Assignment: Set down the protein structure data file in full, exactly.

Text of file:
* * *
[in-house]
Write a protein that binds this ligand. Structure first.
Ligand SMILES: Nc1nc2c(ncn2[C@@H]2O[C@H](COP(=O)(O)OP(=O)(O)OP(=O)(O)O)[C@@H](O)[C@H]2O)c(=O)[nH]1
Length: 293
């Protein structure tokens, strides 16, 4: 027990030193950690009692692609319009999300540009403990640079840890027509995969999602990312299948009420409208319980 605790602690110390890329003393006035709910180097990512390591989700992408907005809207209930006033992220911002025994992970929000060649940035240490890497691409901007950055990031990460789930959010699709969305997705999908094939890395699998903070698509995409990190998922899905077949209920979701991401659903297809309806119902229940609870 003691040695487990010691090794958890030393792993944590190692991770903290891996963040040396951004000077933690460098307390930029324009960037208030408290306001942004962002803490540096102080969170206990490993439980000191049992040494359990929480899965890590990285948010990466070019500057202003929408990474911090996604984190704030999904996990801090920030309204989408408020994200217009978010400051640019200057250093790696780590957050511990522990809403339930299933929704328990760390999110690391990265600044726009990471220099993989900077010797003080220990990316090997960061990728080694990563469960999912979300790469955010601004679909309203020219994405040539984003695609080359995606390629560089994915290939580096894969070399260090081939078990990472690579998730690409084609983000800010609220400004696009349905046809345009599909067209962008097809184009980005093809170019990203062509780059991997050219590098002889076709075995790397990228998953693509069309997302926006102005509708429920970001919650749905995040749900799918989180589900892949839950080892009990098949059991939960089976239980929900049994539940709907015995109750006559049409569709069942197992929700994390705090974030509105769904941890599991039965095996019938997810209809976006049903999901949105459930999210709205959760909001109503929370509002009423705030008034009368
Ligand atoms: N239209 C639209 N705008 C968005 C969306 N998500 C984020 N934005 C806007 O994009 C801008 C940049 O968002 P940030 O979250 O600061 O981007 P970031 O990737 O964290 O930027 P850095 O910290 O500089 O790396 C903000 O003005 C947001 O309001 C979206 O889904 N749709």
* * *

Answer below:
[in-house]
Write a protein that binds this ligand. Structure first.
Ligand SMILES: Nc1nc2c(ncn2[C@@H]2O[C@H](COP(=O)(O)OP(=O)(O)OP(=O)(O)O)[C@@H](O)[C@H]2O)c(=O)[nH]1
Length: 293
């Protein structure tokens, strides 16, 4: 027990030193950690009692692609319009999300540009403990640079840890027509995969999602990312299948009420409208319980 605790602690110390890329003393006035709910180097990512390591989700992408907005809207209930006033992220911002025994992970929000060649940035240490890497691409901007950055990031990460789930959010699709969305997705999908094939890395699998903070698509995409990190998922899905077949209920979701991401659903297809309806119902229940609870 003691040695487990010691090794958890030393792993944590190692991770903290891996963040040396951004000077933690460098307390930029324009960037208030408290306001942004962002803490540096102080969170206990490993439980000191049992040494359990929480899965890590990285948010990466070019500057202003929408990474911090996604984190704030999904996990801090920030309204989408408020994200217009978010400051640019200057250093790696780590957050511990522990809403339930299933929704328990760390999110690391990265600044726009990471220099993989900077010797003080220990990316090997960061990728080694990563469960999912979300790469955010601004679909309203020219994405040539984003695609080359995606390629560089994915290939580096894969070399260090081939078990990472690579998730690409084609983000800010609220400004696009349905046809345009599909067209962008097809184009980005093809170019990203062509780059991997050219590098002889076709075995790397990228998953693509069309997302926006102005509708429920970001919650749905995040749900799918989180589900892949839950080892009990098949059991939960089976239980929900049994539940709907015995109750006559049409569709069942197992929700994390705090974030509105769904941890599991039965095996019938997810209809976006049903999901949105459930999210709205959760909001109503929370509002009423705030008034009368
Ligand atoms: N239209 C639209 N705008 C968005 C969306 N998500 C984020 N934005 C806007 O994009 C801008 C940049 O968002 P940030 O979250 O600061 O981007 P970031 O990737 O964290 O930027 P850095 O910290 O500089 O790396 C903000 O003005 C947001 O309001 C979206 O889904 N749709």